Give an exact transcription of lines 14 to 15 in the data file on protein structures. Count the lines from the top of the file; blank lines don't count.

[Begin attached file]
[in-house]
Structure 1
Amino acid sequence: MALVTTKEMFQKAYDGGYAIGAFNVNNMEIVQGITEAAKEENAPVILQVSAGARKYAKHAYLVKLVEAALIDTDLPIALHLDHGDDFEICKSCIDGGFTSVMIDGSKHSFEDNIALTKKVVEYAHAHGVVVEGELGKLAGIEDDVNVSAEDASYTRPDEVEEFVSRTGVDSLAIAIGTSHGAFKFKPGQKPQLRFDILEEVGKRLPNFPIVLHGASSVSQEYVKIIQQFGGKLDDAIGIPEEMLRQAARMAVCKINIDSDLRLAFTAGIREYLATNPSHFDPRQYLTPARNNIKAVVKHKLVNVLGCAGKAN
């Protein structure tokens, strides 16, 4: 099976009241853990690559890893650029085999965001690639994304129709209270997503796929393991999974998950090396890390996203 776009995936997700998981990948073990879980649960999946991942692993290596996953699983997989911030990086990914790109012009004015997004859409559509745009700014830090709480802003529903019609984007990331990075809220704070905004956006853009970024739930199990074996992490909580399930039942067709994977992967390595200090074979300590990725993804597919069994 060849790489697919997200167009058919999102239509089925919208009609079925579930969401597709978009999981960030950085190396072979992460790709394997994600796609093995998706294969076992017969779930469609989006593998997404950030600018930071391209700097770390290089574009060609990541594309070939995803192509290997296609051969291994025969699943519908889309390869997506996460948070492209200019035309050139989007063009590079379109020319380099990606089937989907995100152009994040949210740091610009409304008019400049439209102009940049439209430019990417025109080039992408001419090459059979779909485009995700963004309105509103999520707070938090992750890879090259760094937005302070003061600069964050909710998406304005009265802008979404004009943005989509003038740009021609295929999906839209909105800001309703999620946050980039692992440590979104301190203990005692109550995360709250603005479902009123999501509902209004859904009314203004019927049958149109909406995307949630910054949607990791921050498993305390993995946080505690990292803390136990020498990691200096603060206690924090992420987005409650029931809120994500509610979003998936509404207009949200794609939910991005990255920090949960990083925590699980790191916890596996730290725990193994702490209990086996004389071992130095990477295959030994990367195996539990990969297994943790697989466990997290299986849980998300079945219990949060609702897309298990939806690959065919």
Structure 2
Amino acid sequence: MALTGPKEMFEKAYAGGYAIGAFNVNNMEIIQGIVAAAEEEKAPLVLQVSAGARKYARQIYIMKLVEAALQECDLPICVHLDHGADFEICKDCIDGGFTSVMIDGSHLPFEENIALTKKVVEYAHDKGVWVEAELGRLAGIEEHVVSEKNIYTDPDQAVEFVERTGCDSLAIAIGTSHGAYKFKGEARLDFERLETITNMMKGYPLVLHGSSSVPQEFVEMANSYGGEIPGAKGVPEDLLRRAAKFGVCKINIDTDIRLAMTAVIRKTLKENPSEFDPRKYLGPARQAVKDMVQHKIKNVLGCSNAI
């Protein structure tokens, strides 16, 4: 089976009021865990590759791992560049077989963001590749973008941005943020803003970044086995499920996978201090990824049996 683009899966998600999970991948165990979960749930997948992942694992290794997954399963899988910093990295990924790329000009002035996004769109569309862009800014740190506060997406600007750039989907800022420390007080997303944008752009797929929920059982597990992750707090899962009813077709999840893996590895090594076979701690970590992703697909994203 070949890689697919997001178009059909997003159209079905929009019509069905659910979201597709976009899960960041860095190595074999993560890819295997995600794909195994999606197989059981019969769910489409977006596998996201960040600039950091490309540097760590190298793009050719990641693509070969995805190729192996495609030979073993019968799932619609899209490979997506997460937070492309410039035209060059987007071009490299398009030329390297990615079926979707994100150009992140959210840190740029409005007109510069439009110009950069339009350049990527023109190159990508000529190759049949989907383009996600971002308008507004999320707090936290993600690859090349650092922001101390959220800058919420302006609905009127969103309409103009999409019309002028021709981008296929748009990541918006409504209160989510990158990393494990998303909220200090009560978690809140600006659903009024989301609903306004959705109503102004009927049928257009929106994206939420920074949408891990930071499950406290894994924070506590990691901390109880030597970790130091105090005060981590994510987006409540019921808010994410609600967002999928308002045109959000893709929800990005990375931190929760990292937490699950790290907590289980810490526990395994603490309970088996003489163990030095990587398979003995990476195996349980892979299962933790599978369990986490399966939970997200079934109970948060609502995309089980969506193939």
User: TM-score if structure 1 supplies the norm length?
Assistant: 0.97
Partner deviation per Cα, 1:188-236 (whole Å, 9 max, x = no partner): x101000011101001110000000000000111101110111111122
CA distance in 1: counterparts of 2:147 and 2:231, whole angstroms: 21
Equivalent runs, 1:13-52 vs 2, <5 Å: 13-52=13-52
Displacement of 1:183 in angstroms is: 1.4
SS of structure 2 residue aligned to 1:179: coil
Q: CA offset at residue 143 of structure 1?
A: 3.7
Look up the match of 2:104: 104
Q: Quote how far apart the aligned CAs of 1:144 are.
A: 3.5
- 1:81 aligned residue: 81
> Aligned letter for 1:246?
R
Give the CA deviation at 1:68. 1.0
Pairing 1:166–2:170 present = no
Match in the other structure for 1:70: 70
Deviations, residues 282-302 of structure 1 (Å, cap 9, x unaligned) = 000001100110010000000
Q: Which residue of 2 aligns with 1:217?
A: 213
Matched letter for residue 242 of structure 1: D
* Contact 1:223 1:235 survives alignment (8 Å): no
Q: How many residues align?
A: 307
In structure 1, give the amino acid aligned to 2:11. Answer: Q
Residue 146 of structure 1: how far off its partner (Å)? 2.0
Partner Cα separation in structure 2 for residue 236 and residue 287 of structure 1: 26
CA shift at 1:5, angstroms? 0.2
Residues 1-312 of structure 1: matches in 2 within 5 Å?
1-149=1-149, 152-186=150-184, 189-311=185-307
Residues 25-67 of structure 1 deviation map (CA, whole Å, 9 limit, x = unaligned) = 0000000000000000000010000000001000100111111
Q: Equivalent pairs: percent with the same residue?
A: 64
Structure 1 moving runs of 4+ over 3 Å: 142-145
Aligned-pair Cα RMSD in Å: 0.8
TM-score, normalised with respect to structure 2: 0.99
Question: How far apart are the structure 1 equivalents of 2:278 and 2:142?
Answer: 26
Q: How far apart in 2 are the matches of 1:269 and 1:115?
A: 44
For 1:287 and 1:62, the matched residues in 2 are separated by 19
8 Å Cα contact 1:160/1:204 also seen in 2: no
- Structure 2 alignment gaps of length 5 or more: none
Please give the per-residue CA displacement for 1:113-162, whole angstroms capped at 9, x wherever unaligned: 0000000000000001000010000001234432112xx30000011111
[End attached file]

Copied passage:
SS of structure 2 residue aligned to 1:179: coil
Q: CA offset at residue 143 of structure 1?